You had a job interview and you’re not sure if you conveyed that you’re the perfect candidate for the job.

You had a speech and you have no idea if you got your message across to your audience.

These gut wrenching feelings can leave us feeling frustrated and beating ourselves up for days.

How do you ensure you get your message across to your audience every time?

My friend, it’s time to use your ABCs? No, I’m not talking about the alphabet song – I’m talking about the  ABCs of making your message stick.



An analogy is using two things that are different and showing how those topics can have the same relationship: One of the most famous analogies is from the movie Forrest Gump: “Life is like a box of chocolates, you never know what you’re gonna to get.” Forrest Gump is comparing life to a box of chocolate.

Using analogies is a sure-fire way to stand out in your interview or presentation.

If using this in a job interview: Apply it to a major lesson you learned or to one of the questions they ask.

If using this in a presentation: Apply it to one of the main points of your presentation or a challenging concept so that it drives your message home.


Job Interview Example: Interviewer asks, “what is your weakness”? 

Getting up in front of people to talk makes me nervous. Public speaking has always been a challenge for me for as long as I can remember. To address this, I took two public speaking classes that have made a huge difference not only to my confidence, but also my delivery skills. I’m excited to continue learning and growing in this area.  Public speaking reminds me of a roller coaster… While you’re on it, you’re freaking out inside, but then you get off and you say to yourself “that wasn’t so bad after all”.


Public Speaking/Presentation Example: Your Topic is about the importance of feedback

I used to struggle with accepting constructive feedback. After hearing the same things over and over from people, I finally realized positive and constructive feedback are like peanut butter and jelly – we need both to make a great sandwich. Both positive and constructive are essential for growth and for people to enjoy being around me.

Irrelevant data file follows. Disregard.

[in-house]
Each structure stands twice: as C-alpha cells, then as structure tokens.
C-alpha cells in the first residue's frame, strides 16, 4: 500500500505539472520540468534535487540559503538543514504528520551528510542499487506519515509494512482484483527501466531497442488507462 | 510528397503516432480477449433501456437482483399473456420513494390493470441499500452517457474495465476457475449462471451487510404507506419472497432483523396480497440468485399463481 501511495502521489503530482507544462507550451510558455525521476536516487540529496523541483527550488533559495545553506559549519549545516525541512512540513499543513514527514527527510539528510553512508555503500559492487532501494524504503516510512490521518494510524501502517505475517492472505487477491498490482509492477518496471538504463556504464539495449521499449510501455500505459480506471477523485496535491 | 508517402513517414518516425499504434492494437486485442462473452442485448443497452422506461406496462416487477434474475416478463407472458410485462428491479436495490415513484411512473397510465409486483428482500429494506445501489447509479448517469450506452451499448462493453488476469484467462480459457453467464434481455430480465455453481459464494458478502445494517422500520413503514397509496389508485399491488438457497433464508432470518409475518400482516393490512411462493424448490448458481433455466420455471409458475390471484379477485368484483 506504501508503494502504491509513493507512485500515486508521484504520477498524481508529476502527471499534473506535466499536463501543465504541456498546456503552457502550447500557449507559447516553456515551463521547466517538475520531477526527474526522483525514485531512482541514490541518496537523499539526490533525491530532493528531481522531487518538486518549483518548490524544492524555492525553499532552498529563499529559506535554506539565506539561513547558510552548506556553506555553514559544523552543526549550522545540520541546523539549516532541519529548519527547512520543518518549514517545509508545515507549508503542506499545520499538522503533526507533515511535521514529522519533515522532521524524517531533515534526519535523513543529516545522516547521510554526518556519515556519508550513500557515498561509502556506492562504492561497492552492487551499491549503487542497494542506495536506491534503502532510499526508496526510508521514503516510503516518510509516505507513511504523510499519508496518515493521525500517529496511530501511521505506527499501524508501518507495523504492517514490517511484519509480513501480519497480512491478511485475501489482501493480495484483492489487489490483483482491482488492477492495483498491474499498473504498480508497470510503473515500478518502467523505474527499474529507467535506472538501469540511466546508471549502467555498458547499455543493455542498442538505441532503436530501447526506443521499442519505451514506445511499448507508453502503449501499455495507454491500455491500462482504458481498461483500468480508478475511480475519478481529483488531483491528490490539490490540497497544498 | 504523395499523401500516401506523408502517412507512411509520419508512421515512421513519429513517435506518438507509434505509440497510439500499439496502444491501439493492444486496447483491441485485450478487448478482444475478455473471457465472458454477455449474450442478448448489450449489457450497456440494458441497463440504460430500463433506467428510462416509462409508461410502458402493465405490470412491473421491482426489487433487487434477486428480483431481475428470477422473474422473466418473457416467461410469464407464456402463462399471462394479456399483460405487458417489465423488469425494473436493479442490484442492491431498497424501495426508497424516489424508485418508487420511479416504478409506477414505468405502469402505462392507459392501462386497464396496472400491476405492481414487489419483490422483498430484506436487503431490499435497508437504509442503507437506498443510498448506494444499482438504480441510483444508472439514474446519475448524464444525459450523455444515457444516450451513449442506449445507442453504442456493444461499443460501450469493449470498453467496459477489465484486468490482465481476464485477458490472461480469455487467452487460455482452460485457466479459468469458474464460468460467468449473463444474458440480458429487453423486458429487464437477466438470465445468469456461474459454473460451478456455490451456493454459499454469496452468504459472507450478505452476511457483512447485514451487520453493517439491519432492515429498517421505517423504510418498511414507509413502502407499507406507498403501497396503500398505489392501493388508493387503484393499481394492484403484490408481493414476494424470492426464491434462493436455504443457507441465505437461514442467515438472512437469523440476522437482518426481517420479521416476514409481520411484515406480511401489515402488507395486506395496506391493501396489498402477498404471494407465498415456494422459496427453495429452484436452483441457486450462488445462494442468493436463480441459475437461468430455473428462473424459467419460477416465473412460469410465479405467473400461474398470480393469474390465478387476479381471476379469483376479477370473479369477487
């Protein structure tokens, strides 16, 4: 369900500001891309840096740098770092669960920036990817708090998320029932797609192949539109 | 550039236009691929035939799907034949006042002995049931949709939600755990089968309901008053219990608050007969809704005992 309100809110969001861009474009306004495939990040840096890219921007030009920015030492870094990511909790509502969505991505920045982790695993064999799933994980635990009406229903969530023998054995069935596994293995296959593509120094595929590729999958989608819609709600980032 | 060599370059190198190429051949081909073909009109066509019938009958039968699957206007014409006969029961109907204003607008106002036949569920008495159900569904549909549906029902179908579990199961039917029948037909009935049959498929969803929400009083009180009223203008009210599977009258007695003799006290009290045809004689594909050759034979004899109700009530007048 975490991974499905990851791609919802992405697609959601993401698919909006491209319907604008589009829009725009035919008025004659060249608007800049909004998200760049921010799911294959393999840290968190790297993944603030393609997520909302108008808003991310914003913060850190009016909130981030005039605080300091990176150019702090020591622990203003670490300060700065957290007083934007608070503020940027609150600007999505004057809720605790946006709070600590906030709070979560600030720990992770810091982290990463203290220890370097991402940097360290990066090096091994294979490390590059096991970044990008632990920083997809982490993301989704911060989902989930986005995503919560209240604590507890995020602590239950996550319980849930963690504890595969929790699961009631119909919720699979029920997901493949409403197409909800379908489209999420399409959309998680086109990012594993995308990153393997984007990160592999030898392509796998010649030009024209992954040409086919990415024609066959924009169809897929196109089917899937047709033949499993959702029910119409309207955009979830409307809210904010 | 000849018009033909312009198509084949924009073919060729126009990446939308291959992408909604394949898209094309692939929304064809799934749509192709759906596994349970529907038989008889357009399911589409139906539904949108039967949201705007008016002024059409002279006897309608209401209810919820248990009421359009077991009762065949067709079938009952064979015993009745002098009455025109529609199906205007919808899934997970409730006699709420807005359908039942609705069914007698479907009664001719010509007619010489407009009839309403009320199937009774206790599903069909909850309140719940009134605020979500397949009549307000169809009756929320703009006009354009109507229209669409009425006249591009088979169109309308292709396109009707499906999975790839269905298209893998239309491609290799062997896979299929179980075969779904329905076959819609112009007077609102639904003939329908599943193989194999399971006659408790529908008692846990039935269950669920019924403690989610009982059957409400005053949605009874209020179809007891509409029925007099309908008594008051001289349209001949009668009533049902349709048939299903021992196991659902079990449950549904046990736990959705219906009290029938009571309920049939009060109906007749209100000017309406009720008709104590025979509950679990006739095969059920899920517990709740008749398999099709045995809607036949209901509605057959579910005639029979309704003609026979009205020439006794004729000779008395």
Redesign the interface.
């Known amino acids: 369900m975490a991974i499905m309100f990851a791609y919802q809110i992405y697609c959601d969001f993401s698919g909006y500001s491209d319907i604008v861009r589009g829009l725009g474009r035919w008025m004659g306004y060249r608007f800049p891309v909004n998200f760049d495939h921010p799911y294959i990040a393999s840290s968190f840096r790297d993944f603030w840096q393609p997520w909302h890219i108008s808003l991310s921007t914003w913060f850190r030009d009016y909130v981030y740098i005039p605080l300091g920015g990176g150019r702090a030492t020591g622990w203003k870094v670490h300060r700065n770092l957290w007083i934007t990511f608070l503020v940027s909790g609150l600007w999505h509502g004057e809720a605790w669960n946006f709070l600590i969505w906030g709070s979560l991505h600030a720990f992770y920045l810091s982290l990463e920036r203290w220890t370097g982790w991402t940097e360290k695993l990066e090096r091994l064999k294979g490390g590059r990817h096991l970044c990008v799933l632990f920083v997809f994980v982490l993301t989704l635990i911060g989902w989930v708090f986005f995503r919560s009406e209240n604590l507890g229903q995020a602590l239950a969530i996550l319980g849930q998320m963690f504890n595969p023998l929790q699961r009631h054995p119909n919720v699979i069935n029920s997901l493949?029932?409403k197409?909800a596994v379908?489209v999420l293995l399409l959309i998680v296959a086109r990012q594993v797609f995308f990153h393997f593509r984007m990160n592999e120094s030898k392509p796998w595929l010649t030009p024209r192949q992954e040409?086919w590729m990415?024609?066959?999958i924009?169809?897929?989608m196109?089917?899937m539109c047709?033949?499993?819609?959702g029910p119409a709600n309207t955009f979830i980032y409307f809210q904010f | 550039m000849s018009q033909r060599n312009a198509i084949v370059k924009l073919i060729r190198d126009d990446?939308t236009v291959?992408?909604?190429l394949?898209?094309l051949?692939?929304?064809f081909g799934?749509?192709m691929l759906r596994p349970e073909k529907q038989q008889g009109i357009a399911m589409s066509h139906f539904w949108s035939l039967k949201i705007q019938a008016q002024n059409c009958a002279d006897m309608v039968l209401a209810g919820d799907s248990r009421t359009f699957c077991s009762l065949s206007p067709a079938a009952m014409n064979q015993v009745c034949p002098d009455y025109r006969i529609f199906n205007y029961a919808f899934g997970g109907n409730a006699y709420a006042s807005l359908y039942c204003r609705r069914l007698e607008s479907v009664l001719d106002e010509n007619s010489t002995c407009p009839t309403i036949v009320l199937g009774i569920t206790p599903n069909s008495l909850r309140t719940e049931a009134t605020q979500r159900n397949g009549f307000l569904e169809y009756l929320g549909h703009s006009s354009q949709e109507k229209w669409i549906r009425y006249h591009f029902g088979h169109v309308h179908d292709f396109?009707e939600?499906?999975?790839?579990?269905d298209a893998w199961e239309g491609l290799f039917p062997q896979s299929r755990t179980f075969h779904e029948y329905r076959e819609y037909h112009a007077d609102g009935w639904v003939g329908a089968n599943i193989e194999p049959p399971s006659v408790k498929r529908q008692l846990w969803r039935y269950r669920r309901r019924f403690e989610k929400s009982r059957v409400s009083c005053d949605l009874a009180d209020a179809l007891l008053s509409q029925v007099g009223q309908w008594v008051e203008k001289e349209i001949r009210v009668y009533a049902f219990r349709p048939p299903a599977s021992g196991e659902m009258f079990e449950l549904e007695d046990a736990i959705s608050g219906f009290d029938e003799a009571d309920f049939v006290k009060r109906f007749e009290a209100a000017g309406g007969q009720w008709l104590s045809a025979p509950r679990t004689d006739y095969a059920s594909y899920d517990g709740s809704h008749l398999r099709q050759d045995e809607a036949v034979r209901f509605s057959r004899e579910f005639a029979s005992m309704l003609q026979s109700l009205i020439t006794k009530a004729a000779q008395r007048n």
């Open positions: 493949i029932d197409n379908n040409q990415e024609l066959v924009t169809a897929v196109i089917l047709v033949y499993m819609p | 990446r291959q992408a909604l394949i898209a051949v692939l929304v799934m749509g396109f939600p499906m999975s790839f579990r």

As you can see, analogies are a great way for YOU to stand out and bring in your sense of humor. And it makes you more memorable.

Start with one and see how it goes!


Body Language 

“What you are speaks so loudly that I can’t hear what you say.” —Ralph Waldo Emerson”

After you leave an interview, meeting or speech. People will remember what they saw more than what they heard. The candidate who never smiled, checked their phone, rarely made eye contact.  This, in turn, gets translated into a feeling they have about you. In addition to your voice, your facial expressions and body language are great tools to making your message stick.

Next time you watch your favorite TV or movie character, pay deep attention to their facial expressions and body language – you can see how they match their body with their words.

The good news is this is something you can practice on a daily basis. You can practice matching body language to your emotions. The bigger the audience and space, the bigger the movements should be.


Clear and Concise

“Too many speakers try to get across too much information in too little time”. 

This is a quote that Craig Valentine, Toastmasters Public Speaking World Champion, says often and it is crucial to making your message stick in a job interview or any presentation.

I can’t tell you how many times people have lost me with the simple question “Tell me about yourself” because they include too much information. To be fair, this question is simple on the surface, but it’s one of the most tricky questions out there. So much that my friend, Holley Murchison, wrote a book called Tell Me About Yourself. Holley dives into how to have artful conversations with anyone about who you are. It’s a great read!

 So how do we make sure we are clear and concise in our messages and stories?

  • Reflect on your objectives and how you want to position yourself in the upcoming situation. When you think about how you want to position yourself, also think about what information you can share to most connect with the listener(s) based on their needs and wants. 
  • Understand the context and your audience (i.e if you’re in an interview, understand what is really being asked by the interviewer). Being clear and concise does not mean be boring – you still want to tell your stories and answer your questions in a way that’s engaging and makes people want to hear more of what you have to say next. Knowing what information to keep in and what to take out comes from understanding the context and your audience.
  • Practice your message and stories with people you trust and with people you don’t know as well. This will give you a wide range of insightful feedback and you’ll realize where you lose people.  

Leadership expert, John Maxwell says, “To keep communication uncomplicated, leaders quickly get to the point, use plain language, and repeat their primary message.”

Whether you have the official title of a leader or not, you are a leader. You lead yourself everyday to greatness. When you’re in a job interview, a meeting or giving a presentation, your job is to get others to follow your ideas, thoughts and answers.